The rest of the Upper 5 blended together completely. Somewhere in there I remember Dan describing a line as "Left, then Right, then cut left, then back to the right, and finish with a boof on the left..." It went by pretty fast and before long, we were paddling across the lake that separates the upper 5 from the middle 5.



Up until this point, things had seemed fairly manageable and despite my nerves, I was having a blast. Not that the fun we were all having decreased as we passed beneath the hanging bridge into the crux section, only that I noticed a serious increase in the difficulty of each rapid. Not only were the drops longer and more continuous, they also featured more dramatic moves. Bad Jose stood out to me as a particularly rowdy section in the middle 5, so did Bouncer Down the middle. Loose hips never flip!


After a particularly long rally, we came to a mellow section of river and Rubado announced that we had just completed "chaos, pectoralis major, pectoralis minor, and maybe some other named rapid?" Things can really flow together as a first time paddler on such a continuous river. I was really just following helmets all day. By this point I was really starting to get a feel for the river. Unlike creeking where the difference between a few inches can mean the world, the NF features fairly wide open lines and most rapids can be run a variety of ways. As a result, your paddling becomes more fluid and interpretive as you inevitably end up being thrown around the river.


I knew from the get-go that I wasn't going to run Jacob's Ladder, so as we approached the portage eddy, I quickly hopped out of my boat and made my way downstream to watch as several other paddlers in the group made short work of Rodeo Hole, Rock Drop, Pencil Sharpener, and Taffy Puller. Nice work boys.


I was now in familiar territory having run the lower 7 the previous afternoon. That didn't make the Golf Course any easier. This rapid has to be damn close to a mile in length and there must be a multitude of lines to chose from. I spent the first 1/3 of the rapid more or less on river right, before making my way to the center and then to the left to finish er off. So many holes to punch! A swim here (or anywhere on the NF) is a really big deal.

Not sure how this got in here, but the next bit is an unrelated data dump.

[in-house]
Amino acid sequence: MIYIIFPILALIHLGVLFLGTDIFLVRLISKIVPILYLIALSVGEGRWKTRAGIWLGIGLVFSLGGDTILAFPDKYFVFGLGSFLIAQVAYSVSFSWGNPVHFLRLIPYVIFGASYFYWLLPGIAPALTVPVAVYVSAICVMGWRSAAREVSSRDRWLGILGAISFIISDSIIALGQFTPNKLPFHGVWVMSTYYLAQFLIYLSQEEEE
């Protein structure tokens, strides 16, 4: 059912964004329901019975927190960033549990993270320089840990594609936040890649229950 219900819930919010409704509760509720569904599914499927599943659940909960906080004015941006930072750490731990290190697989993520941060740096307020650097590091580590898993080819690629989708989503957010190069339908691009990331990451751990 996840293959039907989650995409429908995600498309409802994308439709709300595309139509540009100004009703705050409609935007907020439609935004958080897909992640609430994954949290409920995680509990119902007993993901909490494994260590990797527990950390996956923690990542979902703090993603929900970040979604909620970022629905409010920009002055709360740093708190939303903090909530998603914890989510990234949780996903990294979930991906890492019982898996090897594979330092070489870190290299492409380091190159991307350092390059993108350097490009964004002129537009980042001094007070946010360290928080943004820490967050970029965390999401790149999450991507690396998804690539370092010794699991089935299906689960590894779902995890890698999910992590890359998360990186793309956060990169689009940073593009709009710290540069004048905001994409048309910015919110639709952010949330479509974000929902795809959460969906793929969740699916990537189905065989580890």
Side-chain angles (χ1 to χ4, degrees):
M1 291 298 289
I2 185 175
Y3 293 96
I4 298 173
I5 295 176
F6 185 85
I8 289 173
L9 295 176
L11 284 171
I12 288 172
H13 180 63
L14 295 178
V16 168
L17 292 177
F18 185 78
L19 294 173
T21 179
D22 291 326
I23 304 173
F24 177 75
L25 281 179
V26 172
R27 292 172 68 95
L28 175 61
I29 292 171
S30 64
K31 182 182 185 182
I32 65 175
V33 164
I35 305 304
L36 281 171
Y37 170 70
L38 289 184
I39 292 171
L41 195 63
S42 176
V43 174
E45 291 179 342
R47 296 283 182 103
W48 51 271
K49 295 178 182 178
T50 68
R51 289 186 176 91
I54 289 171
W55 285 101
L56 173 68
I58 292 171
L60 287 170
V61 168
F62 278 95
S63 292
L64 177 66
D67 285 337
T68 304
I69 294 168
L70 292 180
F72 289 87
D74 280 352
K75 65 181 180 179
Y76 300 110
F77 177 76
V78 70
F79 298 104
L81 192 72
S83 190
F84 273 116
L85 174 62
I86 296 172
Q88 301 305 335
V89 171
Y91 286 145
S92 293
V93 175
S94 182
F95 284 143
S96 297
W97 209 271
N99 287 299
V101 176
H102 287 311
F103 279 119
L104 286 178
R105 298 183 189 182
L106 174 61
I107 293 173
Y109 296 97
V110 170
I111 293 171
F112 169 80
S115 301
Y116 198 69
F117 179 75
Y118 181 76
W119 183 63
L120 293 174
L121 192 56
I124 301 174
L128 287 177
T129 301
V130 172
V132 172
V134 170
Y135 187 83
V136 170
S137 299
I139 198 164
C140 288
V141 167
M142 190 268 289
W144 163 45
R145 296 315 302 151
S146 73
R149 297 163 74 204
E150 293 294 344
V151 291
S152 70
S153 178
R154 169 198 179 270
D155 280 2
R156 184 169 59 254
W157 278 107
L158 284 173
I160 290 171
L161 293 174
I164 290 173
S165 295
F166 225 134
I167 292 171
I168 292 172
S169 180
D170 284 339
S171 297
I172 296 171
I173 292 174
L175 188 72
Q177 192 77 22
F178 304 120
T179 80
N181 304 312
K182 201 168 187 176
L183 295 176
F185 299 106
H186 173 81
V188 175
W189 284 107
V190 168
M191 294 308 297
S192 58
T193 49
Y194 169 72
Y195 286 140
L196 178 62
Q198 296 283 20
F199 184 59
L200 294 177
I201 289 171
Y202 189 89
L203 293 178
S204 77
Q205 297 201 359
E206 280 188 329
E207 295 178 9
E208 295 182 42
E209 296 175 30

Next up was Screaming Left, which seemed to be one of the 'thinner' lines on the entire river. And finally Jaws I, II, and III. I had witnessed a swim on Jaws the previous day out of a particularly sticky hole right at the top of Jaws I. As a result, I ended up boating scouting the entire series while trying to retrieve gear amongst the chaos. All had gone well, but needless to say, I was happy to have some folks to follow for my second trip through. After making the mandatory move to the right at the bottom of Jaws III and looking back up river, I came to the conclusion that for me, Jaws is the most difficult rapid (other than Jakes) on the Payette.


We blasted down the top bit of the lower 5 before taking off at our river side camp site and enjoying a few adult beverages in the shade. As the group dispersed (some went to hot springs, others to do another lap) I decided that I wanted to put back on and finish the full top to bottom run (minus Jakes). Brooks was kind enough to join me on a quick route through Juicer and Crunch all the way down to the confluence with the SF Payette.

The weekend as whole was truly top notch. With warm weather, warm water, beautiful camping, beer, friends, more beer, and amazing hot springs, the Labor Day Payette experience is one for the books and a trip that will become an annual pilgrimedge for me. What an amazing river and what an amazing weekend.

All photos were taken by Catherine Loke.

Cheers,
Nate

"Breakfast"

Thursday, October 3, 2013

This is a test

     Emile has made a trailer for his entry into the upcoming PDXkayaker/Next Adventure film fest.  It looks like we are going to see some really well edited footage this year and for me it will be worth the trip to see his and Ryan's videos alone.  Then when considering the many the other talented editors in the PNW this is an event I am truly looking forward to!

Info for this event is located here.



This is a Test from Difficult E on Vimeo.